Minding the Gap
This coming of age documentary from promising young filmmaker Bing Liu follows the life and times of three friends (including Liu) over several years as they bond over their love of skateboarding, shared experiences, hardships and past trauma resulting in a mature and insightful look at wayward adolescence on the verge of becoming a proper adult. The film combines archive footage of the friends skating and follows the trio as they reunite, only to have their friendship threatened by unexpected revelations. Given the positive reaction at Sundance, this could be one of the best documentary films in 2018.
Andre the Giant
HBO documentary Andre the Giant will take an in-depth look at the fascinating life and career of one of the most beloved characters in Wrestling history, the larger than life André René Roussimoff. Standing at 7’6 and weighing a whopping 520 pound (that’s around 37 stone) Andre known as the eighth wonder of the world, carried around with him a mythical status, where his feats of strength have become folklore, not to mention his incredible capacity to put away booze. He reportedly lifted cars and once deadlifted 2000 pounds without breaking a sweat, and all this for a man who never stepped foot in a gym. For eighties wrestling fans, this is sure to be one this year’s most special treats.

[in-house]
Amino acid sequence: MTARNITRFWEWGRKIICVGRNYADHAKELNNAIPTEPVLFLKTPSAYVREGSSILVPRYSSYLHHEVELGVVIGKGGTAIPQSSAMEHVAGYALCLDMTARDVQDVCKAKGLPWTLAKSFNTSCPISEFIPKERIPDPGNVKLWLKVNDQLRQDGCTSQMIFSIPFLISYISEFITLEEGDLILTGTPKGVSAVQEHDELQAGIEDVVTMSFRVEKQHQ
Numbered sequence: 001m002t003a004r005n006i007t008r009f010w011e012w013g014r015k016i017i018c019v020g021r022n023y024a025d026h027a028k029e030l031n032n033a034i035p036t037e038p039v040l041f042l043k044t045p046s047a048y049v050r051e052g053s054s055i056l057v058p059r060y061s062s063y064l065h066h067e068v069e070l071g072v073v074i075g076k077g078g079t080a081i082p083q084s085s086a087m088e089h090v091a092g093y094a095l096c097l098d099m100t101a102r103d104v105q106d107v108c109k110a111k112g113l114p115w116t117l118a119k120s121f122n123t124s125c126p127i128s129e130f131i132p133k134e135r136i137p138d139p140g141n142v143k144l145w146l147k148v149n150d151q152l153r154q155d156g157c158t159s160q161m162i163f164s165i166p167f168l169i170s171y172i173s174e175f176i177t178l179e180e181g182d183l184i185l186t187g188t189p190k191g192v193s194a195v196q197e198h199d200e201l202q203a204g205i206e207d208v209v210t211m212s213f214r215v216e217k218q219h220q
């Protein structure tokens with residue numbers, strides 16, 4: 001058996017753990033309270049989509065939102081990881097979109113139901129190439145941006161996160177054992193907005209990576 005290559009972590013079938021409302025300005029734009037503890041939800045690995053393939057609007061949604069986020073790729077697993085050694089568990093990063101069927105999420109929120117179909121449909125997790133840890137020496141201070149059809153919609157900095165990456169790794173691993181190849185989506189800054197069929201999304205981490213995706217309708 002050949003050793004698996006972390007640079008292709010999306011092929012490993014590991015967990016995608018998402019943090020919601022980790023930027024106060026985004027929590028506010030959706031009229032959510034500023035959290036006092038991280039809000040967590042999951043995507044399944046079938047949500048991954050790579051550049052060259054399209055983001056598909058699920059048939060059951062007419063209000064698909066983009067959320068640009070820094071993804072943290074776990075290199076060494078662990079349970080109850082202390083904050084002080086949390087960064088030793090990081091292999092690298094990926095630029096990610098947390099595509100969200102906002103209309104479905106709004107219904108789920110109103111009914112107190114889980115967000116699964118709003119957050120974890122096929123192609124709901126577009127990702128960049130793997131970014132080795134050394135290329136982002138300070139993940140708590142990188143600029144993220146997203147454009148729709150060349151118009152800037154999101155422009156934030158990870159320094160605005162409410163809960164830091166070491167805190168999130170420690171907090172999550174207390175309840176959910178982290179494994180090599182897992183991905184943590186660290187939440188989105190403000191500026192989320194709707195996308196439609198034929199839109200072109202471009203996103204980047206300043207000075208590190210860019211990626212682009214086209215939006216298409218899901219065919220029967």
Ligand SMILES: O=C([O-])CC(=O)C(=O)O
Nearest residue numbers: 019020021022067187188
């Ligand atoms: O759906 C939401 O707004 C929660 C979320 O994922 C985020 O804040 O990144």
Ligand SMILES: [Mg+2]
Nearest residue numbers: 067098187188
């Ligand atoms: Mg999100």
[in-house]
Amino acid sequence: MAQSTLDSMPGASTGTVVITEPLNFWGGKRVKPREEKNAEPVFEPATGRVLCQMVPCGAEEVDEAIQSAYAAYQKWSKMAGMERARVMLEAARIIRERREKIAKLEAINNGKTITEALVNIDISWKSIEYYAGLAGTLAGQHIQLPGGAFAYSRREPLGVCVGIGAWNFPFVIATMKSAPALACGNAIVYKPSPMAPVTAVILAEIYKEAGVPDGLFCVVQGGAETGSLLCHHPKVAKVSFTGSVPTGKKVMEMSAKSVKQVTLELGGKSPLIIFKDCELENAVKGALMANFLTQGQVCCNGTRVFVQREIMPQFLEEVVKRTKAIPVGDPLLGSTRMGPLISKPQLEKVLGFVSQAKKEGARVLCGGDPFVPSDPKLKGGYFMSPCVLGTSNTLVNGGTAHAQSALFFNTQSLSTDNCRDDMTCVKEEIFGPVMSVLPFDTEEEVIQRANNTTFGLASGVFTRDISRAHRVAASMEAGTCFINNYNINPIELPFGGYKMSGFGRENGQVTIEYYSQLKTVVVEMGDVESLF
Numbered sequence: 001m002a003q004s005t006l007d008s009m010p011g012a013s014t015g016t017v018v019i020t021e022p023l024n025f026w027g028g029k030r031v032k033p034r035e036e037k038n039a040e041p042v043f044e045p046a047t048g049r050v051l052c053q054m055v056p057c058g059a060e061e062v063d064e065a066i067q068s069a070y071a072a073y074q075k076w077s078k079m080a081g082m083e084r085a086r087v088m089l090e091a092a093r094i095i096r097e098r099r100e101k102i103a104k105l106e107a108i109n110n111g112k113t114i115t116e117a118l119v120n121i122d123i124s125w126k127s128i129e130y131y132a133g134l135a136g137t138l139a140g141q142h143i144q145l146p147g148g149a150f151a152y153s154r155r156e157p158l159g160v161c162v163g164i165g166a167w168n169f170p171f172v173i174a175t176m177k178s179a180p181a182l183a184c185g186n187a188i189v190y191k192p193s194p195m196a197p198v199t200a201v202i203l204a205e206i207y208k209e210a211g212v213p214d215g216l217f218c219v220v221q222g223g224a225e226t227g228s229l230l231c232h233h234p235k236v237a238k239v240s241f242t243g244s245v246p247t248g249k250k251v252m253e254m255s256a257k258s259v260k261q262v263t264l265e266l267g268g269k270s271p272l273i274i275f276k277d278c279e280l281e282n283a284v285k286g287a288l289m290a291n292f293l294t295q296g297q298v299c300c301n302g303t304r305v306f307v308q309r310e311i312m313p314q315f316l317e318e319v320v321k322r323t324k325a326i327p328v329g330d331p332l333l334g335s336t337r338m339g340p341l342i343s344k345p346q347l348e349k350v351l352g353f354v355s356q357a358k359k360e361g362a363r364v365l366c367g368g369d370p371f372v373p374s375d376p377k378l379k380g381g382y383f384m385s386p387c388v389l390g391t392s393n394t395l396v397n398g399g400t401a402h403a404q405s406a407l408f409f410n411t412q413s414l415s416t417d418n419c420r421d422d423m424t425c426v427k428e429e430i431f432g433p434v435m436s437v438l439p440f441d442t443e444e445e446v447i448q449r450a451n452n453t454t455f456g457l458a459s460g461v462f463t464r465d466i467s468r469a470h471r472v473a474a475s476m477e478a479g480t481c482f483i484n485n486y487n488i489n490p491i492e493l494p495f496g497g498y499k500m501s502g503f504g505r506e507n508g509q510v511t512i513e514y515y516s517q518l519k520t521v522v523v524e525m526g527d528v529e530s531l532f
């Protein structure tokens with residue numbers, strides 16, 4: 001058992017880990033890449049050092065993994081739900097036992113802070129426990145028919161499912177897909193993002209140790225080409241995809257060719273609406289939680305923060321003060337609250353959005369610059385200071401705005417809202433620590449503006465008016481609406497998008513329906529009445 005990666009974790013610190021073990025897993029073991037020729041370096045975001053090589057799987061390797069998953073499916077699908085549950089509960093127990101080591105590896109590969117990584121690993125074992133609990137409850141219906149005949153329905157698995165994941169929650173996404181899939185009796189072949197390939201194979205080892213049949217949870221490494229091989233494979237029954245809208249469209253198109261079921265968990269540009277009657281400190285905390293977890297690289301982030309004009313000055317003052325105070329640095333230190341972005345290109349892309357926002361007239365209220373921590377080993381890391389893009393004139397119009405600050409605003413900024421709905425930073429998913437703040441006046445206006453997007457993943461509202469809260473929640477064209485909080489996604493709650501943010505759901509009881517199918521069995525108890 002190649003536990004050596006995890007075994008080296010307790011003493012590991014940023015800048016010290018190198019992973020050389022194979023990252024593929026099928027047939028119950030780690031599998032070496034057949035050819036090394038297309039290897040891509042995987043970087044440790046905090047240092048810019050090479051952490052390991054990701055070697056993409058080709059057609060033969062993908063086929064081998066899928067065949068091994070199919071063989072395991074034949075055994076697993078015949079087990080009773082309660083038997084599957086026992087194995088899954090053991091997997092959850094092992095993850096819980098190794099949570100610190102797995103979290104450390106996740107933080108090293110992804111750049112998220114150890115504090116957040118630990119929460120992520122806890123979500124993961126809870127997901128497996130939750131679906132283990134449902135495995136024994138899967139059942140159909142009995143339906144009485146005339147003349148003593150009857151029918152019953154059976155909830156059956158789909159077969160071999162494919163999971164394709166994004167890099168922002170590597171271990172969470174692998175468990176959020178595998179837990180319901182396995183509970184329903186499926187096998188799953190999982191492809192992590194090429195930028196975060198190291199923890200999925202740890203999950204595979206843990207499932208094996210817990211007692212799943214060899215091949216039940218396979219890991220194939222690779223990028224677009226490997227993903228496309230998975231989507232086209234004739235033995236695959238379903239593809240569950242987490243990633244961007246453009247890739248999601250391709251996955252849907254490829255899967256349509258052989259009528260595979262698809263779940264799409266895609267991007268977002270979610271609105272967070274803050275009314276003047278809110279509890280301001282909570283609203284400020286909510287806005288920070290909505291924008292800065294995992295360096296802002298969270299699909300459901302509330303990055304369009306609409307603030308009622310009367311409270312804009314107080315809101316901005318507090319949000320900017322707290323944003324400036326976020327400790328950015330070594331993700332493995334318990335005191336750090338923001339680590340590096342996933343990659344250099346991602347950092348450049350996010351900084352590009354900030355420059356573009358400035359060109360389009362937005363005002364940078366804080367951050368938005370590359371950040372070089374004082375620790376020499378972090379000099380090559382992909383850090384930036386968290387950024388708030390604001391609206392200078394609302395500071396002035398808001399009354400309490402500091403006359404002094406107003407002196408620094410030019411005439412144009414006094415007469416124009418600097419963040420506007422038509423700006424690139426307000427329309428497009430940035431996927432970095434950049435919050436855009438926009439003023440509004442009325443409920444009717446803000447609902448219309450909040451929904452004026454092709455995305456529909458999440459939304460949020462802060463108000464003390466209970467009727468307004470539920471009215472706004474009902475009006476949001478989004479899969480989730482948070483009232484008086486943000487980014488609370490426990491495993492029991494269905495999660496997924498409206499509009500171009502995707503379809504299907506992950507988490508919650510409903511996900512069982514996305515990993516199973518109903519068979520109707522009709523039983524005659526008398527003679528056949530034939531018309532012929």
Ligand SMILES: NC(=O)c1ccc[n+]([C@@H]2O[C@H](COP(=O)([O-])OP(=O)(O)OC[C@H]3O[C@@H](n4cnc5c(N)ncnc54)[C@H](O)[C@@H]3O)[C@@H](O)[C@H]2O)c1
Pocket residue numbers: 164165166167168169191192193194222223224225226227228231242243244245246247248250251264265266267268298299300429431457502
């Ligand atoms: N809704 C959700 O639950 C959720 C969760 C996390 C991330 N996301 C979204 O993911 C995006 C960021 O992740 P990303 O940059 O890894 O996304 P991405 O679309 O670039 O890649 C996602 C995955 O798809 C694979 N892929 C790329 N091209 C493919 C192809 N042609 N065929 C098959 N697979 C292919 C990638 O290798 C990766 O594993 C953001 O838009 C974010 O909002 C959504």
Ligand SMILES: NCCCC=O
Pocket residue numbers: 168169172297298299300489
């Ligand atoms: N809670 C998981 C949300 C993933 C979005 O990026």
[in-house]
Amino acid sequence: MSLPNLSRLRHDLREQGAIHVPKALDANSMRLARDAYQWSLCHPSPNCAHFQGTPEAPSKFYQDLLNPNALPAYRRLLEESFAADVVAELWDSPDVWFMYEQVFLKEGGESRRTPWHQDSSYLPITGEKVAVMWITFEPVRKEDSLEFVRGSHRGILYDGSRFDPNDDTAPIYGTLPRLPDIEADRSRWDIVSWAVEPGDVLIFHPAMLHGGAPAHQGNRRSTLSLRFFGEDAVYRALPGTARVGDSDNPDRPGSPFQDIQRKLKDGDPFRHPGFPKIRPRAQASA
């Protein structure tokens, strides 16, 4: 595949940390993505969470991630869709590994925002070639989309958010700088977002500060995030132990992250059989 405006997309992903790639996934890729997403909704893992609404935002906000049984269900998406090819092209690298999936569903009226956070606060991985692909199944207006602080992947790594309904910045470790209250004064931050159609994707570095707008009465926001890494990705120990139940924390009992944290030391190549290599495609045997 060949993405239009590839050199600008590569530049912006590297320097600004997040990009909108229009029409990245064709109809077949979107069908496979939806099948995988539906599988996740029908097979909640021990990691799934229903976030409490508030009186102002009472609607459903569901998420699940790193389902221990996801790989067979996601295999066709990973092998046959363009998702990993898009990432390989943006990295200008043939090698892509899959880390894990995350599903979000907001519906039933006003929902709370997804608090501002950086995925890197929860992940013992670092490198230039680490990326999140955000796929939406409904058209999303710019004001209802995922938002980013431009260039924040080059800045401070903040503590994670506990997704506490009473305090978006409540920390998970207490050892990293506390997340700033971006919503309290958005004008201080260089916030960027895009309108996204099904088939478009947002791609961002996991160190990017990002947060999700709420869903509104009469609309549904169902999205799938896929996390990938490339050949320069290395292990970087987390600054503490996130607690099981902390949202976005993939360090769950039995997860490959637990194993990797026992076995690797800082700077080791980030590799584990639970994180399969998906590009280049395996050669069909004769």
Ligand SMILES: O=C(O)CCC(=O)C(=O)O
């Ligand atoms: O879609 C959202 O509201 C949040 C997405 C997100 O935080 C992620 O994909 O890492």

Our New President
This bizarre but relevant film looks at Trump’s Presidential campaign and subsequent election through a mash-up of footage comprising Russian state news clips and user-generated content. It gives a Russian eye view of how the whole crazy political circus in America plays out over there. It takes the whole concept of ‘fake news’ to a triumphant new level with ruskie rants around Hilary Clinton being a murderer and anti-Trump protesters all being paid actors. The multitude of propaganda packages is a scary view into the beliefs forced upon the people of a powerhouse nation and their admiration of the preening president from their country as well as the man they wanted to be elected, Donald Trump.
Three Identical Strangers
Set to be one of the documentary films in 2018, this fascinating story directed by Brit Tim Wardle is that of three identical triplets, Robert Shafran, Eddy Galland and David Kellman, who were separated at birth only to be reunited in the 1980s when as 19-year-olds fate brought them together again. Soon after coming together the brothers are catapulted to fame, becoming darlings of the media for a short time as their extraordinary story is told to the world. But the plot takes a dark twist as the young men discover that in actual fact they were separated as part of an experiment by psychiatrist Peter Neubauer, having started life at an adoption agency and then placed separately into different family households and monitored as they grew up. Set to be heartwarming yet decidedly sinister in equal measures, Three Identical Strangers will demand a viewing.
What documentary films in 2018 are you looking forward to? Let us know in the comments.